Bankruptcy is a good option for many rich people with debt problems. The best way to file is under Chapter 7 of the Bankruptcy Code. Chapter 7 bankruptcies normally last about 3 months (if you have a good attorney and no major complications) and the debtor gets a relatively easy discharge for most debt. They are relatively painless for the debtor. The vast majority of the work is done before the bankruptcy petition is filed with the Court. This is a powerful tool but is limited to those to qualify--although, there is an exception as noted below.
To qualify, the debtor has to show that his/her income over the last 6 calendar months is less than a certain amount. Those amounts change over time and are supposed to be a "median income" for people in your area. This is guess-work by the government, but Congress wanted it this way to reduce Chapter 7 filings. The government's theory is that, if you are high income, you should be in a Chapter 13 or 11. There are some cases where those chapters are preferable, but generally, most people would greatly prefer a Chapter 7 because it is so much easier.
If you are slightly over that income qualification amount, there is a formula that may bring your effective income down below the mark. Basically, we see if you qualify, and if you are close, we apply the formula to see if we can get below the mark. Some of the big factors that we look for to bring down your income is whether you: 1) are financing or leasing a vehicle, 2) have child-care expenses, 3) have health-care expenses, 4) provide expenses for others to the extent that they may be financially dependent on you--especially children or elderly people, 5) have extraordinary expenses associated with your employment, 6) have extraordinary involuntary deductions from your paycheck such as union dues or retirements plans, 7) have extraordinary energy costs associated with your home, and 8) are a veteran.
If you are well above the income level and we cannot find anything in the formula to bring your income low enough, then we will look at your debt closely to determine if we can file you as a non-consumer debtor. If over 50% of your debt is non-consumer, then the income test discussed above does not apply at all. In fact, we'll actually give the form to the Court blank when we file.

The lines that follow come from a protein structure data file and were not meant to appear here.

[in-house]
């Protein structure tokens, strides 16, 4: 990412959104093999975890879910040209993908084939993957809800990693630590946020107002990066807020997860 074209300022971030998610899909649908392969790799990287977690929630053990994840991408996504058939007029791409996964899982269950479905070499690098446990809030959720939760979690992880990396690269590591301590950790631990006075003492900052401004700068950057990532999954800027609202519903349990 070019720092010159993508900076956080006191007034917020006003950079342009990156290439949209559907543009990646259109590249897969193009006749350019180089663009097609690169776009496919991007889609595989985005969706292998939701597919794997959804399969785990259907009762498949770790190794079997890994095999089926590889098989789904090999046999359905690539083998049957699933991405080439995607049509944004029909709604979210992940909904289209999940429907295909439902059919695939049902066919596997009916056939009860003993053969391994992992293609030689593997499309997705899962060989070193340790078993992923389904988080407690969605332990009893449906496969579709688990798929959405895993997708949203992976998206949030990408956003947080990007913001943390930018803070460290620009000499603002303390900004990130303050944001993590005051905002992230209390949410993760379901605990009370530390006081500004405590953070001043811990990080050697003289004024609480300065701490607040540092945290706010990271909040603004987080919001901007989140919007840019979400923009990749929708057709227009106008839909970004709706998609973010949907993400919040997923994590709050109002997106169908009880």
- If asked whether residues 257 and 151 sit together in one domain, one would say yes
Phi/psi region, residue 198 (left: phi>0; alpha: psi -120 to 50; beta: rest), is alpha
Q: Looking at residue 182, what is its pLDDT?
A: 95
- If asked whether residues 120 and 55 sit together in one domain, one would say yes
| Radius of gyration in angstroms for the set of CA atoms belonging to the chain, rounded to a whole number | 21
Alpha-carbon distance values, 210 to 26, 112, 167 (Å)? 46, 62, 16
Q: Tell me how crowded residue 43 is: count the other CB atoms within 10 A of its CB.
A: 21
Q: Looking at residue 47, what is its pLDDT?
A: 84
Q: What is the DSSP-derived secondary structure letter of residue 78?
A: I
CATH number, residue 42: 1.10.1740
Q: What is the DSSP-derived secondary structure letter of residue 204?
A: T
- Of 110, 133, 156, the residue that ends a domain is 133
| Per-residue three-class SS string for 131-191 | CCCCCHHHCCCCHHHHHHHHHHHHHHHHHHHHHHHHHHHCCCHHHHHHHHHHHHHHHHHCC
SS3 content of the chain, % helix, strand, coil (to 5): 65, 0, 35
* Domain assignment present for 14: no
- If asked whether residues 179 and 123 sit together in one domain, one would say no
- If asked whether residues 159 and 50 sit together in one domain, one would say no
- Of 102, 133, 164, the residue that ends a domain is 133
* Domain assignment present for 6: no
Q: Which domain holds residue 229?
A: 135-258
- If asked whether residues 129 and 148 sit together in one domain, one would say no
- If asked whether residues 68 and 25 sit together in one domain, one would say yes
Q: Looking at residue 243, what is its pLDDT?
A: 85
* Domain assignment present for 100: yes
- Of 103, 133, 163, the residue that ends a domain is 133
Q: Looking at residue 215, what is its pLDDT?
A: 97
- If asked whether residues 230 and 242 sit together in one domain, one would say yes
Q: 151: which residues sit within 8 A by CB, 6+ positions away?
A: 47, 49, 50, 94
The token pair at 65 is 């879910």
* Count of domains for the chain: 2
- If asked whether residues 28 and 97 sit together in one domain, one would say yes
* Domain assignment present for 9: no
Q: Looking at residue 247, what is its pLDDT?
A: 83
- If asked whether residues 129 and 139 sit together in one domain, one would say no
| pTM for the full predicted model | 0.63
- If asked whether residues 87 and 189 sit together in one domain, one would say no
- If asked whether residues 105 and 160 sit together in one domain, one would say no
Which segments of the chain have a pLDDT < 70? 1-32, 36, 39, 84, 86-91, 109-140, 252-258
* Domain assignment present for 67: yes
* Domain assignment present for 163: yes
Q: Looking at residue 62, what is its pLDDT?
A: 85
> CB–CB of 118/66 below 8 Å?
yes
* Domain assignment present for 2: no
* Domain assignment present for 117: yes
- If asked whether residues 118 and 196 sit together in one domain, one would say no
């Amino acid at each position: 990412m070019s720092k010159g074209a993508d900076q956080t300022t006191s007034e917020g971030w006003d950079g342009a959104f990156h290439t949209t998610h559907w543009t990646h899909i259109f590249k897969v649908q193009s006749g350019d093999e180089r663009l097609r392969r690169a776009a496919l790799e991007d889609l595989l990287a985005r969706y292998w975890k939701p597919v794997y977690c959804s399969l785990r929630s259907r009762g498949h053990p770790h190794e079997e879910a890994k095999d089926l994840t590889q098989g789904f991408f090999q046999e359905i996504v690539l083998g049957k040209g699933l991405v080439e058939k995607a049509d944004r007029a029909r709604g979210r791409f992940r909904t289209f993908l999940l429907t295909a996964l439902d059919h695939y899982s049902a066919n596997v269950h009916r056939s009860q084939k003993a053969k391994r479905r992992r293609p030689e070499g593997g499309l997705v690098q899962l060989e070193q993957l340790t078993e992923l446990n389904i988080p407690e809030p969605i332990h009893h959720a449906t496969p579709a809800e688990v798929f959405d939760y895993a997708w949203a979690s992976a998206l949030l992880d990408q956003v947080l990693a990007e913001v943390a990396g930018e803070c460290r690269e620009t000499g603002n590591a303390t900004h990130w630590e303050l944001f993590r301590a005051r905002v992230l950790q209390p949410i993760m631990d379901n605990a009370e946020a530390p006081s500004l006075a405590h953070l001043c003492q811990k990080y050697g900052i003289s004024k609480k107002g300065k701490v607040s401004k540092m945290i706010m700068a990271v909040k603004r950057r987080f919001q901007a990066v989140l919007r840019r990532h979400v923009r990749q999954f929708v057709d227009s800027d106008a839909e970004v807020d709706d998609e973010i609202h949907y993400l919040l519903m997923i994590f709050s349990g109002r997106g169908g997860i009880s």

The definition of non-consumer debt is quite broad. This is where you need a skilled bankruptcy attorney. If you determine that Chapter 7 is right for you, then you obviously want the debt to be defined in the way that favors a Chapter 7. Non-consumer debt includes student loan debt, taxes, and any debt acquired for a business purpose. A business purpose would include anything that you used for seeking a profit.
Many wealthy people accumulate a ton of debt by engaging in failed business enterprises. For thousands of years, governments have determined that they would rather see you put that debt behind you and move on to another enterprise. We don't want you losing the incentive to work because of excessive debt. I have served clients who could not move forward in their lives because of business debt they accumulated by being part of a failed business or even victimized by a scandalous business. I can tell you that they are not proud to file, but they were faced with a situation where they had no incentive to work anymore.
Luckily, the system is designed to get them back to productive work again. At some point, when your debt is so high, there is no reason to work at all anymore, because all your money is going to debt service. In many cases, excessive debt may create a situation where you might as well stop working, reducing your past income till you qualify for Chapter 7. The non-consumer Chapter 7 provides and way to stay on the job while you go through the process.
These people often think they cannot qualify for a Chapter 7. We would be glad to sit down with you and review your debt, to make that determination.